There is a very interesting article on the United States Naval Institute (USNI) News website by John Grady, a veteran military and foreign affairs journalist, about changes to India's foreign policy. India's foreign policy has been complicated from the very beginning (1947) of its modern independence. India has (almost) always been a proud, more-or-less liberal … Continue reading Indian foreign policy: “alliances are burdensome”
Two items in the Globe and Mail caught my eye just the other day: First, Campbell Clark says that "Dominic Barton is the catch that Justin Trudeau wanted to get last time. Now he’s going to China after times have changed ... [because] ... Two Canadians are in Chinese jails, and Beijing’s official mouthpieces regularly fire derisive … Continue reading Canada and China
It is no secret that I am an admirer of retired US Marine Corps General and former US Secretary of Defense James "Mad Dog" Mattis; in fact, back in April of 2016 I hoped that he would run for president of the USA to spare America from having to choose between Donald Trump and Hillary Clinton … Continue reading “Mad Dog” speaks; Canada should listen
There is an interesting opinion piece in the United States Naval Institute's Blog by someone posting under the pseudonym of CDR Salamander.* The issue, as reported by the Associated Press, is that "Britain announced plans Monday to develop and deploy a Europe-led “maritime protection mission” to safeguard shipping in the vital Strait of Hormuz in … Continue reading A lesson to be relearned, again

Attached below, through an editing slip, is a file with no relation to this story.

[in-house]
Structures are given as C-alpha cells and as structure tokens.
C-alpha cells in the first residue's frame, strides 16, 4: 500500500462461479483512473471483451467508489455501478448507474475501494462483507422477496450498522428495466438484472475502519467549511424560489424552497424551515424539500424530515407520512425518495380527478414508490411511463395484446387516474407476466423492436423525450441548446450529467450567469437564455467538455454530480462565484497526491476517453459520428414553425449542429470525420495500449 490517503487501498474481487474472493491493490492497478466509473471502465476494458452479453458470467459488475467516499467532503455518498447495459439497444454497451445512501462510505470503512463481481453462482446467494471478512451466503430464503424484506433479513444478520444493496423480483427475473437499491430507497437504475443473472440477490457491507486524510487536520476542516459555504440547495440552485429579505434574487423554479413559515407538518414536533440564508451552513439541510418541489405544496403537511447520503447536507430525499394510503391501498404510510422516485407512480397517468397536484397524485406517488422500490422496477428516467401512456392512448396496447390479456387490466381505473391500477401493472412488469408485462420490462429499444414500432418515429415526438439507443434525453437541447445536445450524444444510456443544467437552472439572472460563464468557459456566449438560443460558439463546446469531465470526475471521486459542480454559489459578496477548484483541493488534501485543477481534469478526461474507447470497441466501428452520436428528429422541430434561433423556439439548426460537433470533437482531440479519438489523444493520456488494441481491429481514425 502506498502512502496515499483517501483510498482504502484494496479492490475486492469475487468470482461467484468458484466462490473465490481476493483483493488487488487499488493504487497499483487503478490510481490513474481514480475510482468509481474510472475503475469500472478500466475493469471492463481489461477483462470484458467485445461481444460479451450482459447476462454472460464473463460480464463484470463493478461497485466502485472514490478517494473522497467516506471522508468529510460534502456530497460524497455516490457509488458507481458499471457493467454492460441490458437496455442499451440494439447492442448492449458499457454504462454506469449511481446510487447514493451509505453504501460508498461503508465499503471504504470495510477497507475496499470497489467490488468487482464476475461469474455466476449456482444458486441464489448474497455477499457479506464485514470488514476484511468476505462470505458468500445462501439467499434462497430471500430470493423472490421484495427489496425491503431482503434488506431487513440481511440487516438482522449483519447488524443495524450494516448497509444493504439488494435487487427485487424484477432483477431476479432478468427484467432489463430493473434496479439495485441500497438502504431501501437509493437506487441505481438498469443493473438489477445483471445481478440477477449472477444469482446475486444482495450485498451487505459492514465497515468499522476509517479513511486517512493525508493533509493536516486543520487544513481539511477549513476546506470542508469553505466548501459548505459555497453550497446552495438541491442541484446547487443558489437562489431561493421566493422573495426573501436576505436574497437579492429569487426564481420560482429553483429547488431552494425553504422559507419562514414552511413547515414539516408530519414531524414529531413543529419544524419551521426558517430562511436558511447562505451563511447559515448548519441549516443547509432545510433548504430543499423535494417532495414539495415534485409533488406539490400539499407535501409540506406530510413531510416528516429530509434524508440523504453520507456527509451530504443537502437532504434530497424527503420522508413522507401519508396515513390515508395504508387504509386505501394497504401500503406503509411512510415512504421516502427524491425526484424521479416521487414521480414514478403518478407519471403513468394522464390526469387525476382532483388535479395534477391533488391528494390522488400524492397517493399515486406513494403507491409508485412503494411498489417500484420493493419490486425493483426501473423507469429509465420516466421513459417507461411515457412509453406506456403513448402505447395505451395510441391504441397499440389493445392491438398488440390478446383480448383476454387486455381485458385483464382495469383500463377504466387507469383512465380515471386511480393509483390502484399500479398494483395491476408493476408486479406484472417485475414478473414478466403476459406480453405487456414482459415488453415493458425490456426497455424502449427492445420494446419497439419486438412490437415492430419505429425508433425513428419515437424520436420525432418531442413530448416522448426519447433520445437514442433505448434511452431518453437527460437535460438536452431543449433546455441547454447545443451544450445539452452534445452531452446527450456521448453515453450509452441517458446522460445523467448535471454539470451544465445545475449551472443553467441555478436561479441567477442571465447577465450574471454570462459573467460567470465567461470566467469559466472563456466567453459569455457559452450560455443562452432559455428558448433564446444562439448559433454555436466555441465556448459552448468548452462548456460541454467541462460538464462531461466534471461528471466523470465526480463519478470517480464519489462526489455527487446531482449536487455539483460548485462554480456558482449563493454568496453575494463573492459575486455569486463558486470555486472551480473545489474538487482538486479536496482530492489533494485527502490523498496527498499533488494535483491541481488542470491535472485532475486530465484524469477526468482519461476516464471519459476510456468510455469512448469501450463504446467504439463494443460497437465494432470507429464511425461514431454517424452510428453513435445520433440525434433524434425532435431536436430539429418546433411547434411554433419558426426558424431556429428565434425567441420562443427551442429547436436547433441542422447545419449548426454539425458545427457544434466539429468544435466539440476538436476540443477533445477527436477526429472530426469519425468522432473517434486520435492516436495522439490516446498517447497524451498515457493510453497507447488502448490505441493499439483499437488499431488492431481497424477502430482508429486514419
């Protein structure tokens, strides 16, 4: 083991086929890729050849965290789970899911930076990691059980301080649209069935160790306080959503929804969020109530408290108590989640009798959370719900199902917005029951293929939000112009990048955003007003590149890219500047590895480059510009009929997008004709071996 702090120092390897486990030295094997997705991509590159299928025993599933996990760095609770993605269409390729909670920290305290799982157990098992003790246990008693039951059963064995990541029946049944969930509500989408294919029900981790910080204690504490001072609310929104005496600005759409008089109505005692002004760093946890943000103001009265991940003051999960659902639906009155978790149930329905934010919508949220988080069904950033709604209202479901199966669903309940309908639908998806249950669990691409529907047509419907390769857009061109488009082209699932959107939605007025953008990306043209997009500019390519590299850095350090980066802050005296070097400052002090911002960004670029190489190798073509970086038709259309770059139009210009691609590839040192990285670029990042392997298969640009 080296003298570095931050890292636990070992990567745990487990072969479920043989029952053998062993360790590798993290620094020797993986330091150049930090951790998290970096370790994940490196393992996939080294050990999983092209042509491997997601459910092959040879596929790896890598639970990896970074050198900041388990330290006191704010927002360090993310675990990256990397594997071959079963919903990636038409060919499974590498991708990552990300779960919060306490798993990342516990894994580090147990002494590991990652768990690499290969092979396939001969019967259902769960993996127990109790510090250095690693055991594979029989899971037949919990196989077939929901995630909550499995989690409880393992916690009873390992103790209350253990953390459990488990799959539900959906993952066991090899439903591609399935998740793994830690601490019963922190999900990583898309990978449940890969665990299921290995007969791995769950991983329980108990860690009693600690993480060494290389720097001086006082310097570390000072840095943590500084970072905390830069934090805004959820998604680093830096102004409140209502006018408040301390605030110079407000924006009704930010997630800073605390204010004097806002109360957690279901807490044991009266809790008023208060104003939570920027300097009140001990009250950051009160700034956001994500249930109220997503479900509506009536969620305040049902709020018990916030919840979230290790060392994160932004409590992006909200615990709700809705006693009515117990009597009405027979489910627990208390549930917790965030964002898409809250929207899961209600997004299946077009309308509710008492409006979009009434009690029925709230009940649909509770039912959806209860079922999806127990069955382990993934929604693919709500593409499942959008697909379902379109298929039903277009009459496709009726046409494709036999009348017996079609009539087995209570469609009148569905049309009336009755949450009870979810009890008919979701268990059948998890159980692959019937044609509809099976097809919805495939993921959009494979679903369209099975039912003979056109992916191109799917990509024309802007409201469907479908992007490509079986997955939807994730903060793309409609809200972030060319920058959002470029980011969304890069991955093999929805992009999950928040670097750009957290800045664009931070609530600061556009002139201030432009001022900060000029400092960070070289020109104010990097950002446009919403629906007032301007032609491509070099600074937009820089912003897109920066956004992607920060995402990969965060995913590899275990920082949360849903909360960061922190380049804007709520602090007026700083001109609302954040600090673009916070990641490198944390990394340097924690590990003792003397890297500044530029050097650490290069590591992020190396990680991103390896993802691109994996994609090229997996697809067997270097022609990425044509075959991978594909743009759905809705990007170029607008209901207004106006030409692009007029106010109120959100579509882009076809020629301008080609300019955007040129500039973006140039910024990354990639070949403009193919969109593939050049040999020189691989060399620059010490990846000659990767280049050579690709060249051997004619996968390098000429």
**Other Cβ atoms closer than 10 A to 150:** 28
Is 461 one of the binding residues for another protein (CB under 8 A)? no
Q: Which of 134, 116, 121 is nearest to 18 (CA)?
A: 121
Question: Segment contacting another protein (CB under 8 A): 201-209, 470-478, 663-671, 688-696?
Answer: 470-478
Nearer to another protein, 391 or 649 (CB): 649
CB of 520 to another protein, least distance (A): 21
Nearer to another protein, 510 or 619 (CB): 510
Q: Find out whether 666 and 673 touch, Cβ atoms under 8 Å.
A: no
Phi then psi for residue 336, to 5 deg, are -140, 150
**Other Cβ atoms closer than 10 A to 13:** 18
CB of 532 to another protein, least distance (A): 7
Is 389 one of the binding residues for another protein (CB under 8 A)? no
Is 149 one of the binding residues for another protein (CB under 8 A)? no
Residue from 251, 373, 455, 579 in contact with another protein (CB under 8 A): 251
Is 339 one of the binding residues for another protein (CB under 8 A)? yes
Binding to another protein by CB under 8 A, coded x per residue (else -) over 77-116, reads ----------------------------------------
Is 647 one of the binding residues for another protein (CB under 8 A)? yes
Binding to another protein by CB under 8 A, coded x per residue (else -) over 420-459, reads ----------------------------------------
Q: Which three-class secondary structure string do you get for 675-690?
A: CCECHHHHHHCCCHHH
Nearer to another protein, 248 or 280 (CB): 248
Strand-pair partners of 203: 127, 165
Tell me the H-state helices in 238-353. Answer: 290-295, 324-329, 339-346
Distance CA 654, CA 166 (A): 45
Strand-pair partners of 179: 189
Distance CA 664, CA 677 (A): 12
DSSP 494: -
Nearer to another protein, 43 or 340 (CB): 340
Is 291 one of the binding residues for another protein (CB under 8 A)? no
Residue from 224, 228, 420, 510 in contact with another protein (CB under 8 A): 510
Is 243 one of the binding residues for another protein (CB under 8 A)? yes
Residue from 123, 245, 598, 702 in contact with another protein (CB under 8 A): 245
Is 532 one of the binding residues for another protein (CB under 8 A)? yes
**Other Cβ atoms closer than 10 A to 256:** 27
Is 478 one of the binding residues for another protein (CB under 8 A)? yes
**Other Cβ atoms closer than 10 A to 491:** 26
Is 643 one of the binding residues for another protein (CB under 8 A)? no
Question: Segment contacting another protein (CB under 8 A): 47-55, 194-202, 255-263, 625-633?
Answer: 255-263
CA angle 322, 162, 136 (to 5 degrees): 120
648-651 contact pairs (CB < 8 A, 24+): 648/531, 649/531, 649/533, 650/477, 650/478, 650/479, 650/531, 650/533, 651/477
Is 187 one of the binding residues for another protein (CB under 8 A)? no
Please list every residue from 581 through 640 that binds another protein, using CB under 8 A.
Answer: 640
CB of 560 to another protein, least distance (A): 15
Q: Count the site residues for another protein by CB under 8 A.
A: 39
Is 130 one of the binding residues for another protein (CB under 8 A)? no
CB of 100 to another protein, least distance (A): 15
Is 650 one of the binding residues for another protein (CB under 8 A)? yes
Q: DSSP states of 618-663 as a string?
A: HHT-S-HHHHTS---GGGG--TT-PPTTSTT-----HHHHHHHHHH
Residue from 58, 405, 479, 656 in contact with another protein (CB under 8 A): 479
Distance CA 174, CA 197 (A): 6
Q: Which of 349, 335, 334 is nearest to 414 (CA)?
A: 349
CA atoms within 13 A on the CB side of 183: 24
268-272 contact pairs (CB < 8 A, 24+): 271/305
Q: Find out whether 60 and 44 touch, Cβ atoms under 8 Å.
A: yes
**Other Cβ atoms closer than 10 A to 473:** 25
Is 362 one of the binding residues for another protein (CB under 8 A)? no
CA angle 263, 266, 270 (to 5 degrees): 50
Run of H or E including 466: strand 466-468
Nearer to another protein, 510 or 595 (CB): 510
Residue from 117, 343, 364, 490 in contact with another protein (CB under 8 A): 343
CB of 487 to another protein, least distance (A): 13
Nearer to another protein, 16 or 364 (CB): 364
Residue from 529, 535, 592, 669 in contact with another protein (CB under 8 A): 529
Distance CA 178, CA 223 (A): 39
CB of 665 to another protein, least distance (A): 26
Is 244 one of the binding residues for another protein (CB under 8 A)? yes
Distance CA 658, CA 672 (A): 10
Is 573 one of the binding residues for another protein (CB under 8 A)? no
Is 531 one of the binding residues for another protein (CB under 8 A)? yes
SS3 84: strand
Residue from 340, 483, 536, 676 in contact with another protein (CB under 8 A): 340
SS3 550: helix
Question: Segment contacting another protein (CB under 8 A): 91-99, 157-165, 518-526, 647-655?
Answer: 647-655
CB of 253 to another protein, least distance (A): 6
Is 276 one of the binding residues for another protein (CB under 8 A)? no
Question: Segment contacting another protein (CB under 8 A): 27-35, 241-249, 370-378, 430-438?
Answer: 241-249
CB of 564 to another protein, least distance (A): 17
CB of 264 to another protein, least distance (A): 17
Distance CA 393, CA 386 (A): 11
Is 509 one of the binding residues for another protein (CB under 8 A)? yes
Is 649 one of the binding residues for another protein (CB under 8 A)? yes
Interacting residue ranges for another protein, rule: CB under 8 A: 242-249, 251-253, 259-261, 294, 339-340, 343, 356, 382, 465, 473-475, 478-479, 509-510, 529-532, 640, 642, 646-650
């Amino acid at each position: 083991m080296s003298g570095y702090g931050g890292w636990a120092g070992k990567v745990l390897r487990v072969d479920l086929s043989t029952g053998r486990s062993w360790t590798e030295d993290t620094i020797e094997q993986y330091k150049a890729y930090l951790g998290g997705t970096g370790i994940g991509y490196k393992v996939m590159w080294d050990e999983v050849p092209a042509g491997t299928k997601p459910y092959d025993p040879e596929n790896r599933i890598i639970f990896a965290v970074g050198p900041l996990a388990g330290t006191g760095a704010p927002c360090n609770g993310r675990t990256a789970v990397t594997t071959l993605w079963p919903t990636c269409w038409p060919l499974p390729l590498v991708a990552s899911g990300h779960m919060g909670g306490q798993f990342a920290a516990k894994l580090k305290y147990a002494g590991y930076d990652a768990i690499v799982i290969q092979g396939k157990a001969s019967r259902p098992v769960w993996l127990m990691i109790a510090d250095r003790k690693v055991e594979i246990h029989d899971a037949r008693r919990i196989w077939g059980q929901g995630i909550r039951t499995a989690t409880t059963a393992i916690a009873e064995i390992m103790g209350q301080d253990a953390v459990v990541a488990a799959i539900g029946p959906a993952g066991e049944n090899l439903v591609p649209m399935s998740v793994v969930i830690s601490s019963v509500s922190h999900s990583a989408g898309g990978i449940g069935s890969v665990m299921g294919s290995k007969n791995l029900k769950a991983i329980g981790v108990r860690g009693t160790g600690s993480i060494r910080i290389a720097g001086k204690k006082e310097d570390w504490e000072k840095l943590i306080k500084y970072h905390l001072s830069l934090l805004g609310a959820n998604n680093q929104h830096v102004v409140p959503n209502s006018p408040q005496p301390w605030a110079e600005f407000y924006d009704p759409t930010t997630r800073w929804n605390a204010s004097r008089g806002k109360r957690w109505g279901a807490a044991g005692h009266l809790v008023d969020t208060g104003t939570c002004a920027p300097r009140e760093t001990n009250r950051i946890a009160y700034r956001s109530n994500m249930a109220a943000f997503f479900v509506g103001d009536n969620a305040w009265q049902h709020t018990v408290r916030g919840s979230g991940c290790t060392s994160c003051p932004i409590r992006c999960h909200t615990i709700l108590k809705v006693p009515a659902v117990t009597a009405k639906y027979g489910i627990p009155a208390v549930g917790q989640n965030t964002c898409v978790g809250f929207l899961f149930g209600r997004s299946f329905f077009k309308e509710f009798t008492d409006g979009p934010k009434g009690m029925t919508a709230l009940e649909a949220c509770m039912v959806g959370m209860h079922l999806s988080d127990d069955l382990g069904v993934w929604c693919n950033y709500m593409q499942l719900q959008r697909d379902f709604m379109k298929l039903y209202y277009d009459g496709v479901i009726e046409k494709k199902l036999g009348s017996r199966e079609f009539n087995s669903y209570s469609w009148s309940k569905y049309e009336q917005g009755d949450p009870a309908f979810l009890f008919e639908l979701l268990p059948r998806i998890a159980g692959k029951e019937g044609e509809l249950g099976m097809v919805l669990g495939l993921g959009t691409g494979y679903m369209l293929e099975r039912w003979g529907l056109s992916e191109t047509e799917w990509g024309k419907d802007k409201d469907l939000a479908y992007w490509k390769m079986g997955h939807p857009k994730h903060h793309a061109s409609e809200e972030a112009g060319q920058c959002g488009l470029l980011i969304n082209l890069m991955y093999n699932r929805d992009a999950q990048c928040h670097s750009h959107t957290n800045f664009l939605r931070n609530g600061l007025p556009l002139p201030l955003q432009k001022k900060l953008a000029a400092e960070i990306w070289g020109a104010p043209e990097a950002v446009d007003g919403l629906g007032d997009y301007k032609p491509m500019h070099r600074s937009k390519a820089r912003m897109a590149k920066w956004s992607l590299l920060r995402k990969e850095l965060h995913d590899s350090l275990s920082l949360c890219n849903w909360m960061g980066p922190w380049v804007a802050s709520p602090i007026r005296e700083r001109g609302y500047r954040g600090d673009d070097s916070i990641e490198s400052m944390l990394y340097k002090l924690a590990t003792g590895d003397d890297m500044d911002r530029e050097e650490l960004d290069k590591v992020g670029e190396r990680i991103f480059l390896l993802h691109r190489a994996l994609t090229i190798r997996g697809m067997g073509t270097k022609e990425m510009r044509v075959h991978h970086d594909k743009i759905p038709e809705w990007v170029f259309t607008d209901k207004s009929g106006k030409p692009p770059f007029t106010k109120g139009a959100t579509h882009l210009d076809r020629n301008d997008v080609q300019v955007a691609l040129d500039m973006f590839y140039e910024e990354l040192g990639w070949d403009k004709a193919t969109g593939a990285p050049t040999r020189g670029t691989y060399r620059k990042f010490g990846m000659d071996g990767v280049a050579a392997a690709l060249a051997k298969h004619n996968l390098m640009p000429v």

Professor Roland Paris, of the University of Ottawa, who was formerly the foreign policy advisor to Prime Minister Justin Trudeau, and who has written a lot about Canada in the world, was interviewed, recently, on Australia's ABC Radio. It's a nearly one-hour-long piece, Professor Paris is on for about 10 minutes, at the beginning, and … Continue reading Middle power?
I said, about 18 months ago, that "Western leaders like Presidents Marcon and Trump, Chancellor Merkel and Prime Ministers Abe, May, Rutte, Trudeau, Turnbull all see “war” as a binary choice ~ you’re either fighting or you’re not, while Putin and Xi see it as spectrum wherein actual armed conflict is only one of many, … Continue reading War in the “grey zone”
John Ibbitson, writing in the Globe and Mail, touches on a couple of issues that always concern me: restoring correct relations, including free(er) trade with China and immigration policy, and he revisits his thesis, in his recent book (with Darell Bricker), Empty Planet, which says that global populations are declining, even collapsing, in China's case. "Canada’s … Continue reading Two issues